Walking from Fillmore and Hayes, Alamo Square, 6:30 p.m.
I live about four miles from the ocean. Sometimes when the weather is nice, I take my bike out there, to Ocean Beach, which is the end of the world. On certain days, there is nothing more perfect: a sky as blue as you can imagine, a sunset, a fire with friends.
Today, the wind started in earnest about a half-mile away, as I was headed downhill. When I reached the intersection at the Great Highway, pedaling hard to cross the street before the light turned, the sea, churned up with white caps, was a dull, sick green-gray. No soothing ocean smell, no soft crash of wave on shore, only a droning, persistent roar of wind and water.
Two crows picked through a trash pile left beside a blown-out illegal fire pit. Families hunkered down behind sand dunes, bicycles leaning against a sea wall covered in ugly graffiti—no street artists here. The cracked concrete exposed rusted metal rebar. An old man struggled with his Sunday constitutional, a gust plucking his cap from his head. Dirty weeds grew in the cracks between wall and sidewalk, ice plant on the divider covered in road-grime from the Great Highway. The asphalt and concrete had been torn up, orange netting surrounding them, no place for pedestrians to cross.
No shouts of joy, no seagull cries, no thing to love or marvel at. Even the lone kite down the beach was uninviting—a black, winged shark above the waste. I held my backpack against my stomach for warmth, face to the wind and the sea. No place to stop, and read my book, and eat the strawberries I had brought in my pack. Back, across the road, stark windmills, unmoving, stood sentinel.
Two men and a woman passed by, one of them pointing out the smoothness of the sand, the color of the sky. They did not see that the marine layer far across the water promised a windier, colder, foggier night, or that the sand, slippery and fine underfoot, treacherous, flowed across itself, a quiet whispering as the wind blew the grains back against the wall, piling up around corners, burying stairs, erasing my footprints.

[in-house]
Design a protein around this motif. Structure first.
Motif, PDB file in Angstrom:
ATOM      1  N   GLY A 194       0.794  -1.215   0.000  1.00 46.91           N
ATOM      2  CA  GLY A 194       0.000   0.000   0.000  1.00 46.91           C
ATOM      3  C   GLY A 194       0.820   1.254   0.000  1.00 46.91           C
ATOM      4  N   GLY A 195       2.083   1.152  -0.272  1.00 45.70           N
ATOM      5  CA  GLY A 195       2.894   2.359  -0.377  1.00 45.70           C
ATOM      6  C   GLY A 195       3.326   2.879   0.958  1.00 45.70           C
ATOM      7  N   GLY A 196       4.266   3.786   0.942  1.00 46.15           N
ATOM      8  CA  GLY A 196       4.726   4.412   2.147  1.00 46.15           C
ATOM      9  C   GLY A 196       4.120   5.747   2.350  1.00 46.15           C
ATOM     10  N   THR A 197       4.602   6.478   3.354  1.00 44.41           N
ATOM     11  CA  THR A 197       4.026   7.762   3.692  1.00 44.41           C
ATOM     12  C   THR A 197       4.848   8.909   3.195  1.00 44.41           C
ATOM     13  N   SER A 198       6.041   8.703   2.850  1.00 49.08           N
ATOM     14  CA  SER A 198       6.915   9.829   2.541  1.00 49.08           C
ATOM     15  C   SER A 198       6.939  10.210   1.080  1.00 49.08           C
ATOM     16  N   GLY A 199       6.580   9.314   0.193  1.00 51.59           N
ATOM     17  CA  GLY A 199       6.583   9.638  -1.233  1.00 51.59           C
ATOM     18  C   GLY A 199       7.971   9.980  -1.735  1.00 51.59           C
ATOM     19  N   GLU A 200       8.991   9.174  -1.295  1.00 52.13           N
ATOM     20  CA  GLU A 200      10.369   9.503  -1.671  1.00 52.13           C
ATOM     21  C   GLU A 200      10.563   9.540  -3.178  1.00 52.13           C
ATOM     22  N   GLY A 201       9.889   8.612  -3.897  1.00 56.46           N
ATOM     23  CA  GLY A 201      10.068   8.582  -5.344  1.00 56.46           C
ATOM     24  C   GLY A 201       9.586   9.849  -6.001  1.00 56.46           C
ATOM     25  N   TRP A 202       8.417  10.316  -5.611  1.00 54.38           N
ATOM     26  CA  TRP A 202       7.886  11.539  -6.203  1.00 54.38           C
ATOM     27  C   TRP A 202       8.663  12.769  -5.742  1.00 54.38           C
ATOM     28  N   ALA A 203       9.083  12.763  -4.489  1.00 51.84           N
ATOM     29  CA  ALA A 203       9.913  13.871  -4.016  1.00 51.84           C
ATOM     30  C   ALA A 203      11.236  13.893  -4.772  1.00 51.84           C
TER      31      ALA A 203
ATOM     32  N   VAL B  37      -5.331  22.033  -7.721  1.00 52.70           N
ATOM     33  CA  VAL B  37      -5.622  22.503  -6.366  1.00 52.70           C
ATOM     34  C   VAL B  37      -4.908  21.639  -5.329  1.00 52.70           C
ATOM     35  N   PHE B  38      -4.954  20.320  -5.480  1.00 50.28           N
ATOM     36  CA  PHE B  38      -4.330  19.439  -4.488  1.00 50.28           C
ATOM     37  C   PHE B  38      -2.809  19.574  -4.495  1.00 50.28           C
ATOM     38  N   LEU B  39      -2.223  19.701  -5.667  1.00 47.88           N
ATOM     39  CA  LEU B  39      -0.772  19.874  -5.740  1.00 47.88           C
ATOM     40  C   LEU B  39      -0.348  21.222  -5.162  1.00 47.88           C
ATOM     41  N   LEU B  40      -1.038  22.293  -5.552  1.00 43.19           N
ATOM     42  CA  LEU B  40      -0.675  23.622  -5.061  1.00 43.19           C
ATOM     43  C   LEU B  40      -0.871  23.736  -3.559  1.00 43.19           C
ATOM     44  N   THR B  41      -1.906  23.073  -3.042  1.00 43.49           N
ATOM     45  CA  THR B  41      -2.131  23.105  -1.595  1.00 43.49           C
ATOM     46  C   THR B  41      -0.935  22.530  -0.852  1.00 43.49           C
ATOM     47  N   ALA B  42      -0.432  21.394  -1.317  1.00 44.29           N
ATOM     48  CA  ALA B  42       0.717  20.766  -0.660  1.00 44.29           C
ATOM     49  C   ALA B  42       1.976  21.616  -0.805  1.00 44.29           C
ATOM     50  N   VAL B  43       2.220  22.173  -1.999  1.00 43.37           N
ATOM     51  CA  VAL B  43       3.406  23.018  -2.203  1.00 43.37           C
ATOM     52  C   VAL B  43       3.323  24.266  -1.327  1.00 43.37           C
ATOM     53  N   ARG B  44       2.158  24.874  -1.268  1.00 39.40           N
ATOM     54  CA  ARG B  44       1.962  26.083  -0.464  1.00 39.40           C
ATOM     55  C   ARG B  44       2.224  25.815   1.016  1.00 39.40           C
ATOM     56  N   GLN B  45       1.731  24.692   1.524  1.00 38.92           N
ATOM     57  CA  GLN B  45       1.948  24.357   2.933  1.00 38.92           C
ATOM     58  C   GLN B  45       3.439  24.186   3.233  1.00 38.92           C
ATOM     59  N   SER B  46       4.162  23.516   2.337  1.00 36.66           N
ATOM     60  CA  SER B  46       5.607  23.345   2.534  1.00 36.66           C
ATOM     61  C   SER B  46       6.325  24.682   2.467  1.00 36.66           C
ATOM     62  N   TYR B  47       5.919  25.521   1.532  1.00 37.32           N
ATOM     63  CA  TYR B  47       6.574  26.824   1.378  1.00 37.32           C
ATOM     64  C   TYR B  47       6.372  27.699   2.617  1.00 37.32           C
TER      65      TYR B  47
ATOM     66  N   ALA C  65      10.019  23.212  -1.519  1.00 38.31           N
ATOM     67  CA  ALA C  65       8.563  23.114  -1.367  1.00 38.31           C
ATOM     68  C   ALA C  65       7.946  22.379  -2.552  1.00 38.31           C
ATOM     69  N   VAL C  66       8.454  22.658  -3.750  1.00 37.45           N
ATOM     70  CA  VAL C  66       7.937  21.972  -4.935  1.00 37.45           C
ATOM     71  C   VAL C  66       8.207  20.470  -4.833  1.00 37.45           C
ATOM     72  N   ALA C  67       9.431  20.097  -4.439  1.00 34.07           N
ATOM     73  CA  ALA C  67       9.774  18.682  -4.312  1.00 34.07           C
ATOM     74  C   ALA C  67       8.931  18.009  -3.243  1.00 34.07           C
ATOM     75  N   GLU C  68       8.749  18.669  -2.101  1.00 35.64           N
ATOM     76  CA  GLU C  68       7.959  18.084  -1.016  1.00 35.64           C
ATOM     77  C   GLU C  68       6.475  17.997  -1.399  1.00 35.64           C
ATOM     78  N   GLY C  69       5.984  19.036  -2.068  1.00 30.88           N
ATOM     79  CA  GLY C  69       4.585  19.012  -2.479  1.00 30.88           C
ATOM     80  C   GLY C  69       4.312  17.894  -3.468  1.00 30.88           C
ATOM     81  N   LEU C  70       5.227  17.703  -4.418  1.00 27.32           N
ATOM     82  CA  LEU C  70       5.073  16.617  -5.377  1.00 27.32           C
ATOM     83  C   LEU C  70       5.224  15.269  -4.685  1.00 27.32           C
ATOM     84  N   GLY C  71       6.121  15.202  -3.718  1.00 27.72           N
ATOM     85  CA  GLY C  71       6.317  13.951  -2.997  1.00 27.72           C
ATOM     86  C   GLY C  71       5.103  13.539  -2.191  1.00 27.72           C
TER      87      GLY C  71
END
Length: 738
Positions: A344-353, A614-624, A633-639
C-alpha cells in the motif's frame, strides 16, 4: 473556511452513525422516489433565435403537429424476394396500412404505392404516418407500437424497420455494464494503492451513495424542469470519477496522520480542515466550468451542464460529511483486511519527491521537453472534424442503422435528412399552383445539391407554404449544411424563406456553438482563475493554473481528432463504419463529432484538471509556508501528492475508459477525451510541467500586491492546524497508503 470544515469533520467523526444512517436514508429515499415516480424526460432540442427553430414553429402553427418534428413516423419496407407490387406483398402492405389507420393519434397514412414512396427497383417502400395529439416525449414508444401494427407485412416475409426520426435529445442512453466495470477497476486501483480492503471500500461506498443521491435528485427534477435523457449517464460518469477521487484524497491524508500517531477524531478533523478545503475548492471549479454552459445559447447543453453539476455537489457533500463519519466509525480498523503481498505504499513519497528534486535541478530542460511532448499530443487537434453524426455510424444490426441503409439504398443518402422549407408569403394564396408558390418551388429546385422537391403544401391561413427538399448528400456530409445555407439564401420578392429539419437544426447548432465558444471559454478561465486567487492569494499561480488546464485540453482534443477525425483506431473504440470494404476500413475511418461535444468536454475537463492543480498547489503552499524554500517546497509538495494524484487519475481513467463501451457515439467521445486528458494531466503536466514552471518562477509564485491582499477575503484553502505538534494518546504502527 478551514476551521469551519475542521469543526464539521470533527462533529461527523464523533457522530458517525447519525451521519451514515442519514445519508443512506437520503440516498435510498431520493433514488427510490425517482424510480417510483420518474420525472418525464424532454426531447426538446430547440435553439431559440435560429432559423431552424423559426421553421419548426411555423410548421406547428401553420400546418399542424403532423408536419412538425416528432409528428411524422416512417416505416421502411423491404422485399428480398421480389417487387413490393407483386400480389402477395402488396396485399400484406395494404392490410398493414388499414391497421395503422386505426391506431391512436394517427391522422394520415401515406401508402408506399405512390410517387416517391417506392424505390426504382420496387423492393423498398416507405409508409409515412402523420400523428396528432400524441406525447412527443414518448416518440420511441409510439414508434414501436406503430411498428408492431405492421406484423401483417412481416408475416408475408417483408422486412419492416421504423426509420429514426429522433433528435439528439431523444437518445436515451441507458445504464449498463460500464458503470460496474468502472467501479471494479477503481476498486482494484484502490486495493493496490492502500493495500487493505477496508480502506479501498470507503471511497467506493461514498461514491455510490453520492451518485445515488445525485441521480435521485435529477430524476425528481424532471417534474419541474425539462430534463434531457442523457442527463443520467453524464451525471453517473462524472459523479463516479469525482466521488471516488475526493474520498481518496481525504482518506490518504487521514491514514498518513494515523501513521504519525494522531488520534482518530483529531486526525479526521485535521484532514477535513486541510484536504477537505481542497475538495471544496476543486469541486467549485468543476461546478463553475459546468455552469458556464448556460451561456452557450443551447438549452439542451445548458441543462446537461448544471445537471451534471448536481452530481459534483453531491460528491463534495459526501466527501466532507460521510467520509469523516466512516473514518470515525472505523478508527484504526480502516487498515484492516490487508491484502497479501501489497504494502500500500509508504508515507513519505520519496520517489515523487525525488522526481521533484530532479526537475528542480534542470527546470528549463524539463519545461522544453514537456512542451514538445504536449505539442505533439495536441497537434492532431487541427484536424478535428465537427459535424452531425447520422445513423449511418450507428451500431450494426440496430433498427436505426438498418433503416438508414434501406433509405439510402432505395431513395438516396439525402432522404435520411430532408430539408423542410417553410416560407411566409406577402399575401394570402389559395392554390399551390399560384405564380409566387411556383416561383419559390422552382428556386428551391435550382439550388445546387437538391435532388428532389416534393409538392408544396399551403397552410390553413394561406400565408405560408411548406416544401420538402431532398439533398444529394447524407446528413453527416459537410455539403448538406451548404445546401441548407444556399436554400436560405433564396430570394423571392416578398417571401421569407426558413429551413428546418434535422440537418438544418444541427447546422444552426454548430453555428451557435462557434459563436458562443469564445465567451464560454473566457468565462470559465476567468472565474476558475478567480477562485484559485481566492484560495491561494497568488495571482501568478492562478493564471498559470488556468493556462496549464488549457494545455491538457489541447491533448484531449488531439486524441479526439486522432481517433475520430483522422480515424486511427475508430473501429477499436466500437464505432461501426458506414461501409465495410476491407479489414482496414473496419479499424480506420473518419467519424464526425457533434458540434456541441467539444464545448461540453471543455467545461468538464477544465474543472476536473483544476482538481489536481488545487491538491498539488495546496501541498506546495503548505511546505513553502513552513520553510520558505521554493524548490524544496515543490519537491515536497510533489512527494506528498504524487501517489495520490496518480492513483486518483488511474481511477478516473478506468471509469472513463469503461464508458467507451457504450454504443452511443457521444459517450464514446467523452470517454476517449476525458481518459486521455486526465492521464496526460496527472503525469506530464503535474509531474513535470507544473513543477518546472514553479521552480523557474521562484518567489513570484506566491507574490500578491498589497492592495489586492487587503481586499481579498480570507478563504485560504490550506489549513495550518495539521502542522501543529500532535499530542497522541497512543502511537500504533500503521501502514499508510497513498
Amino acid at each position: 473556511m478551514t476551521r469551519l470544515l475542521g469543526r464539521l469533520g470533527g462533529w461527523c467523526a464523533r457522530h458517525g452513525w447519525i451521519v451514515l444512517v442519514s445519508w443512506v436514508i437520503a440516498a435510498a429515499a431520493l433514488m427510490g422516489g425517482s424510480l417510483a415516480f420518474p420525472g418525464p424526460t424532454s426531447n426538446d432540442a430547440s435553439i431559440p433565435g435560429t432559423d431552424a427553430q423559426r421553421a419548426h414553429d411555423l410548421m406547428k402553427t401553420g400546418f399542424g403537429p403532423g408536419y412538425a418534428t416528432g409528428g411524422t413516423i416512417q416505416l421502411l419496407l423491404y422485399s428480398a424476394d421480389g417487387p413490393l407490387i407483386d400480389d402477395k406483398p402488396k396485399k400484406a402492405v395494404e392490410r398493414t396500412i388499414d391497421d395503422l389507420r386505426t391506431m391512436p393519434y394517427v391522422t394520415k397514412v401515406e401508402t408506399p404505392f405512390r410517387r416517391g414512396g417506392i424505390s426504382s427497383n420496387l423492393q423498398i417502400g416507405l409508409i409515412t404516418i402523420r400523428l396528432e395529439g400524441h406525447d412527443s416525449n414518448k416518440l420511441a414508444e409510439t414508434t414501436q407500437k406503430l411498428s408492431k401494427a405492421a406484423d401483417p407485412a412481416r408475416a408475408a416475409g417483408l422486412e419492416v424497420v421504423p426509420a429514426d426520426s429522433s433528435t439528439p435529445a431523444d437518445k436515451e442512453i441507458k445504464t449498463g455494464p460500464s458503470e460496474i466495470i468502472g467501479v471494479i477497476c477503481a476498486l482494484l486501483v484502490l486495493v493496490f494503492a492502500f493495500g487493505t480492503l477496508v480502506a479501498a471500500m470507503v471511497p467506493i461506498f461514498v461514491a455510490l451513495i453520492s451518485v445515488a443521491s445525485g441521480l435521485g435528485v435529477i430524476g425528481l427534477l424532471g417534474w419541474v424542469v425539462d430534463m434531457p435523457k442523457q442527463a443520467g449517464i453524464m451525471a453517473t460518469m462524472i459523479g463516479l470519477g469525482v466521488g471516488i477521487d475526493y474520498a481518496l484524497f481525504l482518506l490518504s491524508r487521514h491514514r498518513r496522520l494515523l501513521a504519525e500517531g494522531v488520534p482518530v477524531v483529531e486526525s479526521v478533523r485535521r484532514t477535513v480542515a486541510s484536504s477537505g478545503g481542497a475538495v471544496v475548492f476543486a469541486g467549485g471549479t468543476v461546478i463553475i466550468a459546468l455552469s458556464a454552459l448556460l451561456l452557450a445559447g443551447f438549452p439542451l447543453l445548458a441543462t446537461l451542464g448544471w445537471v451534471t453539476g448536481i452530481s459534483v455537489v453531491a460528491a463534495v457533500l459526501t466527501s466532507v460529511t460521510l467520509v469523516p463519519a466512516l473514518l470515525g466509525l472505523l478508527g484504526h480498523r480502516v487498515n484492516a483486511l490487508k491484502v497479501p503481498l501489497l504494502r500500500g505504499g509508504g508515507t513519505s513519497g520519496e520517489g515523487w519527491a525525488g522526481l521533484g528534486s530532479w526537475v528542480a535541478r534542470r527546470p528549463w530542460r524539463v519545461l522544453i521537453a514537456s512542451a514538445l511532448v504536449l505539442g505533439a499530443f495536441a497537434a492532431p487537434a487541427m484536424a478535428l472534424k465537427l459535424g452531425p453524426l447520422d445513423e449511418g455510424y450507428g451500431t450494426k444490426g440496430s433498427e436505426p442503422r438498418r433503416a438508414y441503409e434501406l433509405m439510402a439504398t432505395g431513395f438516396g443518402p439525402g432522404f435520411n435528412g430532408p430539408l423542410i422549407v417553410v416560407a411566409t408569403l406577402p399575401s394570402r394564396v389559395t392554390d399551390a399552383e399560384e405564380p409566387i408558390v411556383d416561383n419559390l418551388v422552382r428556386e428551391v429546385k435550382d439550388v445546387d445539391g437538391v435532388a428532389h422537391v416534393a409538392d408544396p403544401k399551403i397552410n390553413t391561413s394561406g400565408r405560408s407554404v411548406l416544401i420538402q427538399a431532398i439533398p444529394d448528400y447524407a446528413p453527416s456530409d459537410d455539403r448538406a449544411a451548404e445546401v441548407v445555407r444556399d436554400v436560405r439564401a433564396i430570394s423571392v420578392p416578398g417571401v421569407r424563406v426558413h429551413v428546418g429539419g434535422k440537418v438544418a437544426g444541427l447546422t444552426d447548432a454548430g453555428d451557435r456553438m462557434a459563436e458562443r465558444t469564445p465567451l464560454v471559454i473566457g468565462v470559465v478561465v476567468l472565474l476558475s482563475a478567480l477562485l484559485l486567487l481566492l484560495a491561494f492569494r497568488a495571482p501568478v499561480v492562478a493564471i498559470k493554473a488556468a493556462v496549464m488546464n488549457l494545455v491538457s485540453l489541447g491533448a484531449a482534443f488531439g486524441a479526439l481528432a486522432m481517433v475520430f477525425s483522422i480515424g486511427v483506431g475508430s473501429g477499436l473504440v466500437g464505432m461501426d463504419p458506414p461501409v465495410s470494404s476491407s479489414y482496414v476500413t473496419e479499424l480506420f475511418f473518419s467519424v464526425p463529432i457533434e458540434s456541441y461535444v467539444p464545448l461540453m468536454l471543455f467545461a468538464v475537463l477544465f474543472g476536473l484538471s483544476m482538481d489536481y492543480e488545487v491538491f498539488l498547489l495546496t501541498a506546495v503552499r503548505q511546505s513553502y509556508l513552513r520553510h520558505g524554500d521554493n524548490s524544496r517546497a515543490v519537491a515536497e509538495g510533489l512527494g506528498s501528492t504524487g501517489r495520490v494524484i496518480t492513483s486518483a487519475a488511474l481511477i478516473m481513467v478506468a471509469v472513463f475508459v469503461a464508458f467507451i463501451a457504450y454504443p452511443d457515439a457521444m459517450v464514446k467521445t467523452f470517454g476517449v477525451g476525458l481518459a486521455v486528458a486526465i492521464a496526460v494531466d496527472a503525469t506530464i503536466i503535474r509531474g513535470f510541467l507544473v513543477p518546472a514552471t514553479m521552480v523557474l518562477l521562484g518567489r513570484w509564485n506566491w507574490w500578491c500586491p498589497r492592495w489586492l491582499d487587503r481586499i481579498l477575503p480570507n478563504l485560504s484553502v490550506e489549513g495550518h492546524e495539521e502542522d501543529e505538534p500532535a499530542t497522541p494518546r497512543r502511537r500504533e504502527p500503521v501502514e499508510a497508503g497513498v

Although I’m far from getting to every big arena and hidden-gem music joint in the Bay Area, the Fillmore was the last true biggie in San Francisco for me (OK, I haven’t been to the Warwick yet). Last night, I saw Father John Misty and the Walkmen on the first show of a two-night, sold-out series.
The psychedelic posters lining every wall, the miniscule bathrooms and slightly horrifying crush to exit, the free apples for starving hippies all added to the historical power of the venue. There’s some kind of rare electricity in the air. And if you’re lucky, you get a free poster when you leave.
Last Saturday was San Francisco’s first day of spring. Although it reached the mid-seventies more than a few times during our (so-called) winter, we endured a bit of a cold, wet spell throughout March and April–I know, Californians suffer so much on account of the weather–so that when a perfectly clear, perfectly warm weekend day came along, everyone put on dresses or shorts, grabbed beers and lawn games, and headed out to the park. I spent much of Saturday writing in my apartment, which meant that I couldn’t get to my favorite outdoor people watching spot, Dolores Park, with enough time to enjoy the sunshine. Instead, I headed to Fort Mason: the playground of the Marina set. It doesn’t quite hold a candle to DoPa, but Fort Mason has its own brand of unbridled ridiculousness. With views of the Golden Gate, Alcatraz, and the downtown area, as well as old military buildings and a community garden, it’s unbelievably picturesque.
I’d planned to spend some time getting my daily allowance of vitamin D and reading some Gary Snyder, which meant that I didn’t tote my camera along. When I got distracted by the surrounding scenes, I had to resort to my iPhone. All of the photos in this post were taken with my iPhone 4, Hipstamatic, Adler 9009 Lens, Ina’s 1969 film. The overexposed, bleached finish of the lens-film combination captured, for me, how the afternoon felt.
Update, 4/27/12: I saw today that Fox ran a story charging that “green activists” “trashed” Fort Mason on “Earth Day.” SFist has already made the points I’m about to make. However, since I happened to spend several hours at the park on the 21st and went to the farmer’s market down there on the 22nd, I’d like to set the record straight: The photos Fox took were from April 21st (it was foggy on the 22nd, so no one was out), there was nary an activist to be seen in Fort Mason on April 21st, and Earth Day is April 22nd. So, A+, Fox, for fact checking. Keeping it fair and balanced, people.